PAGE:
by John W. Robinson
Norman: University of Oklahoma Press, 2013. Pp. 186.
Illus., maps, notes, biblio., index. $19.95 paper. ISBN: 0806143126
The Civil War in Southern California
Although almost always omitted in historical treatments, California and other parts of the far west also had roles, albeit small, in the Civil War. Moreover, even in works about the “Golden State” in the war the focus tends is primarily on the more populous areas around San Francisco (which had nearly 60,000 people in 1860), thus Los Angeles (c. 5,000) and the southern parts of the state are doubly neglected.
Originally published nearly 40 years ago, Los Angeles in Civil War deals with politics, war, and society in this thinly populated, very isolated corner of California, which was perhaps marginally pro-Southern due to the background of many of the recent American settlers. Robinson, a California historian of some note, introduces the region with some background on its earlier history under Spain and Mexico, through the American conquest, the “Gold Rush”, statehood, and on to the outbreak of the Civil War. He throws light on the political life of the region during the war, which was the scene of several secessionist plots, some Confederate recruiting, duels between pro- and anti-secessionist newspapers, Unionist counter-moves and mobilization, political battles, and more.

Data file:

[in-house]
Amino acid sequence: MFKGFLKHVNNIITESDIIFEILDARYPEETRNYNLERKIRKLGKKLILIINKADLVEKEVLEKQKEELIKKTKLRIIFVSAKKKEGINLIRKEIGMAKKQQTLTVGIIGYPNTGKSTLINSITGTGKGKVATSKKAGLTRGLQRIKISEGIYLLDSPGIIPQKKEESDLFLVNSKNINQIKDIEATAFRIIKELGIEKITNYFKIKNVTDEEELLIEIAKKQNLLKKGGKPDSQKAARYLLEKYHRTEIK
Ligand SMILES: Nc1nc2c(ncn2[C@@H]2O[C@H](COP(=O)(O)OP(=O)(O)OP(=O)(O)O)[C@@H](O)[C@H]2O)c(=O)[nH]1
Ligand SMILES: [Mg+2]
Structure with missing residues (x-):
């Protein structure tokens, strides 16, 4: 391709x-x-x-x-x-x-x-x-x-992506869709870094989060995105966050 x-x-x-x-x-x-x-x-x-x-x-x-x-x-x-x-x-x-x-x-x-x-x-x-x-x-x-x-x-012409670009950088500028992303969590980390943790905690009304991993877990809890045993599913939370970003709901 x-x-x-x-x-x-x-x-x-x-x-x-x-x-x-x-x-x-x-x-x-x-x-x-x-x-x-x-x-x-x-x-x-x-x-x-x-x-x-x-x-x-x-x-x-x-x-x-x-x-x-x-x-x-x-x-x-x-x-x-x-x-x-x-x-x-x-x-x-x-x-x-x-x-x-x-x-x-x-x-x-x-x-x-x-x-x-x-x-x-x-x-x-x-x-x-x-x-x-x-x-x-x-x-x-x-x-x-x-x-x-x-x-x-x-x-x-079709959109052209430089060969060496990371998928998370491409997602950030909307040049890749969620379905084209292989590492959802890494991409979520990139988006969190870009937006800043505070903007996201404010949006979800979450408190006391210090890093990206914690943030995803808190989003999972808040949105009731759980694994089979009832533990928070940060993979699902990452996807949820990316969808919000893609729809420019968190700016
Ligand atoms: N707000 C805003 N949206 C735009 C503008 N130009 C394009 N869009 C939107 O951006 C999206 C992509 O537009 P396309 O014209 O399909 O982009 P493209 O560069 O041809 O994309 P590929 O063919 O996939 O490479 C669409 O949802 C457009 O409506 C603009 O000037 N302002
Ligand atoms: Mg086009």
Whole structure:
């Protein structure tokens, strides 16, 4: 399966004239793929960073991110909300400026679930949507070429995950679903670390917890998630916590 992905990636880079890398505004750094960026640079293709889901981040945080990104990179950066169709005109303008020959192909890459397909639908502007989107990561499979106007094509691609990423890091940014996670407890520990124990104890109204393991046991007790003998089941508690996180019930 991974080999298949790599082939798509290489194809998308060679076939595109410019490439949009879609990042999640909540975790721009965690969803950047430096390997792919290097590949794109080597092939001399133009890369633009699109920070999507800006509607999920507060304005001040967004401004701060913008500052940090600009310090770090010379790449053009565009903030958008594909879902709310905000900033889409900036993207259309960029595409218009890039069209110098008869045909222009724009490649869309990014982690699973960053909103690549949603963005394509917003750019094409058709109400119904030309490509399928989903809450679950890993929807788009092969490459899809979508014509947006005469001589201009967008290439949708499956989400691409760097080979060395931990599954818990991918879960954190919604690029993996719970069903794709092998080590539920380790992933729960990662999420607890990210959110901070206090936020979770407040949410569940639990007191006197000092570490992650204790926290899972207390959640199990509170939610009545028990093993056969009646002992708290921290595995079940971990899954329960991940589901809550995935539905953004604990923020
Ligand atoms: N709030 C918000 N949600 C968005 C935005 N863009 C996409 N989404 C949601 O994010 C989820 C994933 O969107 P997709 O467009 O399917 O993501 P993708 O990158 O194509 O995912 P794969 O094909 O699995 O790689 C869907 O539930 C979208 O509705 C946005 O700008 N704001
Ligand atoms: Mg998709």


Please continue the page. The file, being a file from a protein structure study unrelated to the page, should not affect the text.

Robinson has a surprisingly good cast, including Albert Sidney Johnston and Winfield Scott Hancock, with many lesser-known figures in supporting roles. He does, however, unfortunately neglect the “native” Californios, who were mostly Unionist, and contributed volunteers for the war who saw action in New Mexico. In addition, more attention might have been given to how the war affected the local economy and development. Of course, while a new look at the subject would be in order, until one appears Los Angeles in Civil War Days gives us an interesting look at a part of California neglected in accounts of the state in the war.